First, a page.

''Oswald Has Been Shot!''Programs
November 10, 2012 – 2 PM
Panel Discussion Brings Together for the First Time
Five Individuals Who Witnessed or Reported Shooting
of Lee Harvey Oswald
Two days after President John F. Kennedy was gunned down in downtown Dallas, newsmen and police officers lined the walls in the basement of Dallas Police Headquarters to watch what was supposed to be a routine prisoner transfer of suspect Lee Harvey Oswald from the city jail to the Dallas County Jail. It turned out to be anything but routine. Almost 50 years later, The Sixth Floor Museum at Dealey Plaza brings together five individuals who witnessed or played a significant role in reporting the shooting of Oswald.
"Oswald Has Been Shot!" Memories from November 24, 1963, will be presented at 2 p.m. on Saturday, November 10, 2012, at The Sixth Floor Museum. Tickets are $23 (including Museum admission) or $15 (program only).
Sorry, this program is SOLD OUT. No tickets will be available at the door.
The panel, presented in conjunction with the 49th anniversary of President Kennedy’s assassination, gathers for the first time a collection of law enforcement officials, photographers and reporters who were at or near Dallas Police Headquarters when Oswald was shot by nightclub owner Jack Ruby:
Gary DeLaune – The police reporter for radio station KLIF in Dallas, DeLaune was an eyewitness to the Oswald shooting and shared his firsthand point of view with radio listeners;
Bob Huffaker – A radio and television news reporter for CBS affiliate KRLD, Huffaker was a close eyewitness to the shooting and provided commentary for taped coverage of the event;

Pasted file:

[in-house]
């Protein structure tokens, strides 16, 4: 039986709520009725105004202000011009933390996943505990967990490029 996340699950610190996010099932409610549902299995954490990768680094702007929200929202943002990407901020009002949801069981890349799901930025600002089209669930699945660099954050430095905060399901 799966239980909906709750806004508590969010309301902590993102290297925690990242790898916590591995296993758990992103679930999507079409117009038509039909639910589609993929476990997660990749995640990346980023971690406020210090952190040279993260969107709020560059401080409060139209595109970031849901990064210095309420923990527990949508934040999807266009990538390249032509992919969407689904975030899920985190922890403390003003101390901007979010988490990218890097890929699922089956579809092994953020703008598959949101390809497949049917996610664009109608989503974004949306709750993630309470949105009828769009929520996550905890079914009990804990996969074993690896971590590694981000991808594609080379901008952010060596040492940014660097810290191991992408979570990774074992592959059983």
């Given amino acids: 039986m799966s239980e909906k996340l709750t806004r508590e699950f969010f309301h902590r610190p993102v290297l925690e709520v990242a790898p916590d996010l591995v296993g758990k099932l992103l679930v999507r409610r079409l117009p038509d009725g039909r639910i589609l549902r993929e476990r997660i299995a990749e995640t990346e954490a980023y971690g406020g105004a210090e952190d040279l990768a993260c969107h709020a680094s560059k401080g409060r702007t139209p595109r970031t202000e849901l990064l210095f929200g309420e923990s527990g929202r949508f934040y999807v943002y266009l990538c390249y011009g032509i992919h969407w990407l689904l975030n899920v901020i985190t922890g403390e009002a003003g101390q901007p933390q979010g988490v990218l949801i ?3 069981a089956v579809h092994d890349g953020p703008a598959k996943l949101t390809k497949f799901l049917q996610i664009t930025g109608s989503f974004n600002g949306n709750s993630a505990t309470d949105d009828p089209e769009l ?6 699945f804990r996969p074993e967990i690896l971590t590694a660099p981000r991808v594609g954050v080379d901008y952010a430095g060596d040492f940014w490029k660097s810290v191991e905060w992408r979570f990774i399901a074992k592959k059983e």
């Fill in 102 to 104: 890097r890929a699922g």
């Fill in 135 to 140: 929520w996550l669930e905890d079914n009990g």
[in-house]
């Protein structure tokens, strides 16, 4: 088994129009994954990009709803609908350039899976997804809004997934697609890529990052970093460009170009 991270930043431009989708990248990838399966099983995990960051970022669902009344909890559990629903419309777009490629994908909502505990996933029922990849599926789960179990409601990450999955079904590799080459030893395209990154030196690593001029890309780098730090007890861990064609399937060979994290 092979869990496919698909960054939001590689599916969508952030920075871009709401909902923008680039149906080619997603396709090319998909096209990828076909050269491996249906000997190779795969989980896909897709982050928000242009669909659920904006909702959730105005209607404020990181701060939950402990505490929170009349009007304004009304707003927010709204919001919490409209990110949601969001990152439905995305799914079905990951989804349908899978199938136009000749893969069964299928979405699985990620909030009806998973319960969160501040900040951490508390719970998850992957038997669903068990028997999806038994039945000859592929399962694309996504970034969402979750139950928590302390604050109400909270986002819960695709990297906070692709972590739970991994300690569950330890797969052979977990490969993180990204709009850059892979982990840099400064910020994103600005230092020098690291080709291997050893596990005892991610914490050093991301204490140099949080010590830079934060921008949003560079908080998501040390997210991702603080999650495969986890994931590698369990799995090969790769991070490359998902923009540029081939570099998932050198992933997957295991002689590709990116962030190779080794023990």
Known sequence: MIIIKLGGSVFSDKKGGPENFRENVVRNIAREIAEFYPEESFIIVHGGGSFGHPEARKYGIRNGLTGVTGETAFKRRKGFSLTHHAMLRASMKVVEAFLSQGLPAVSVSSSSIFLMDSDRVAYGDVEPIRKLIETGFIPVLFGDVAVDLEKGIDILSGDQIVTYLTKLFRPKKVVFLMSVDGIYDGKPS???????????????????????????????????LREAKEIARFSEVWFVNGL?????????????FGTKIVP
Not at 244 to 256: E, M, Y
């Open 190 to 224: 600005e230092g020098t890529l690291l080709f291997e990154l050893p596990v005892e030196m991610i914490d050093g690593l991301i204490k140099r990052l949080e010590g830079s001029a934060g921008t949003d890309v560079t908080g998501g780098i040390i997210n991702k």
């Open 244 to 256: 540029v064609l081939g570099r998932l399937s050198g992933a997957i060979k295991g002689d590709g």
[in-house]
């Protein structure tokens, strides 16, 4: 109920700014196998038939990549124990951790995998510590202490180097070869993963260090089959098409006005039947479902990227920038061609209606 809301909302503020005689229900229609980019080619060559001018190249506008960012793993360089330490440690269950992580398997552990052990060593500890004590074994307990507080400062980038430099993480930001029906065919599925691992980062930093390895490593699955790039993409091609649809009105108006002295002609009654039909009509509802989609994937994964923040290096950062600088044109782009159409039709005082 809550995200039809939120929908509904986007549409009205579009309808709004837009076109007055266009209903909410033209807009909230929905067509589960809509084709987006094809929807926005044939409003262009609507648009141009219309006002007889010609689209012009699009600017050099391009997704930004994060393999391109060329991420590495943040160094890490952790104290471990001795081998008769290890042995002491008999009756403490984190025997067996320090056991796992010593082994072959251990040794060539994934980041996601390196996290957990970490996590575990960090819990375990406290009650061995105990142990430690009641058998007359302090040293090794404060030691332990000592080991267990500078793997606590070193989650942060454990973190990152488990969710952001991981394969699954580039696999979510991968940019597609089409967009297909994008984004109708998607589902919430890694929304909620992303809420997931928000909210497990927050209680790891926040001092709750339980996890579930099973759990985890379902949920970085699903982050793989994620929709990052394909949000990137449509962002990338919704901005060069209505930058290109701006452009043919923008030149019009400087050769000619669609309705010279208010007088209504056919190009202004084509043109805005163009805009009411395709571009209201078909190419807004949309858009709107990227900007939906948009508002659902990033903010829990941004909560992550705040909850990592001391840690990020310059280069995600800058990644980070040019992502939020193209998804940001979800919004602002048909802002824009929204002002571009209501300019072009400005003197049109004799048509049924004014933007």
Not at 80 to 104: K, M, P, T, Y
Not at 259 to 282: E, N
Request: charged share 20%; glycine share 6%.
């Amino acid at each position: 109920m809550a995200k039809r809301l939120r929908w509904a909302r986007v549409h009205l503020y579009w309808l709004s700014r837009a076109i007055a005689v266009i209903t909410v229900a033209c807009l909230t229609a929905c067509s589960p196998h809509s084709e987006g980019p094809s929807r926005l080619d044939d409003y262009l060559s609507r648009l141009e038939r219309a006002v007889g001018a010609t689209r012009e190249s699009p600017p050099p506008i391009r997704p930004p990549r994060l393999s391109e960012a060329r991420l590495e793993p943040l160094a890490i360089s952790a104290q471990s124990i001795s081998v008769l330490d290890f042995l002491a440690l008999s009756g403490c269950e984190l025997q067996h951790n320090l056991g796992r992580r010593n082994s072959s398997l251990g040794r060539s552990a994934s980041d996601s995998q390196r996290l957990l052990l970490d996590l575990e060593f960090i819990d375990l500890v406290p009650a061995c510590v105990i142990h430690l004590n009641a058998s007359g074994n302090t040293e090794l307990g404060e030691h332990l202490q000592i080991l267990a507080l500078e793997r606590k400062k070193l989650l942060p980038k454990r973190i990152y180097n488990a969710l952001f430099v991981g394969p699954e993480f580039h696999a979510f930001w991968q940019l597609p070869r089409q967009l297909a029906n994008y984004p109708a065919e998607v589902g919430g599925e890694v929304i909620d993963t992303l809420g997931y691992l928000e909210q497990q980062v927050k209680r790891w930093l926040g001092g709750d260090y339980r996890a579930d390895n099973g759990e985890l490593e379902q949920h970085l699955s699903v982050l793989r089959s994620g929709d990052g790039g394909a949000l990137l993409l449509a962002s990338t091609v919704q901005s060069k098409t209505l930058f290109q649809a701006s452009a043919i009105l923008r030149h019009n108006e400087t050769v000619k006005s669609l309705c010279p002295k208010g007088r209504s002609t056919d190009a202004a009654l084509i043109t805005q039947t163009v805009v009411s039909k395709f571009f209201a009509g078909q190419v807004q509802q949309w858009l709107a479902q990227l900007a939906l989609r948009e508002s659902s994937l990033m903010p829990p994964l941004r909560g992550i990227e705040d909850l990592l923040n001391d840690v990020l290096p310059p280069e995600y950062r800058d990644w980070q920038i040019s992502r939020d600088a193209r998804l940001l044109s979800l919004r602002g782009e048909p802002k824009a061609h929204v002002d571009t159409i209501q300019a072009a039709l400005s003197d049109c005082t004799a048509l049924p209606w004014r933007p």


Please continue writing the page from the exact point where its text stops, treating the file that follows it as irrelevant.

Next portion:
Bob Jackson – A photographer with the Dallas Times Herald in 1963, Jackson won the 1964 Pulitzer Prize in News Photography for his iconic image of Ruby shooting Oswald;
James Leavelle – Handcuffed to Lee Harvey Oswald at the time of the shooting, Detective Leavelle helped wrestle the gun from Ruby’s hand;
Fred Rheinstein – A producer/director for NBC News in 1963, Rheinstein was in Dealey Plaza coordinating the network's live coverage of the transfer of Oswald.
Gloria Campos, news anchor at WFAA-TV, will moderate the panel. Campos credits the coverage of President Kennedy’s assassination as her first inspiration to pursue a career as a television news reporter.
The shooting of Lee Harvey Oswald by Jack Ruby—the first of its kind broadcast live on American television—sent shockwaves of anger and confusion directly into the homes of Americans still grieving over the loss of their president less than 48 hours earlier. It also ensured that lingering questions would always remain about Oswald’s motivations and the assassination of President Kennedy on November 22, 1963.
For more information, call 214.747.6660 ext. 5520 or email firstname.lastname@example.org.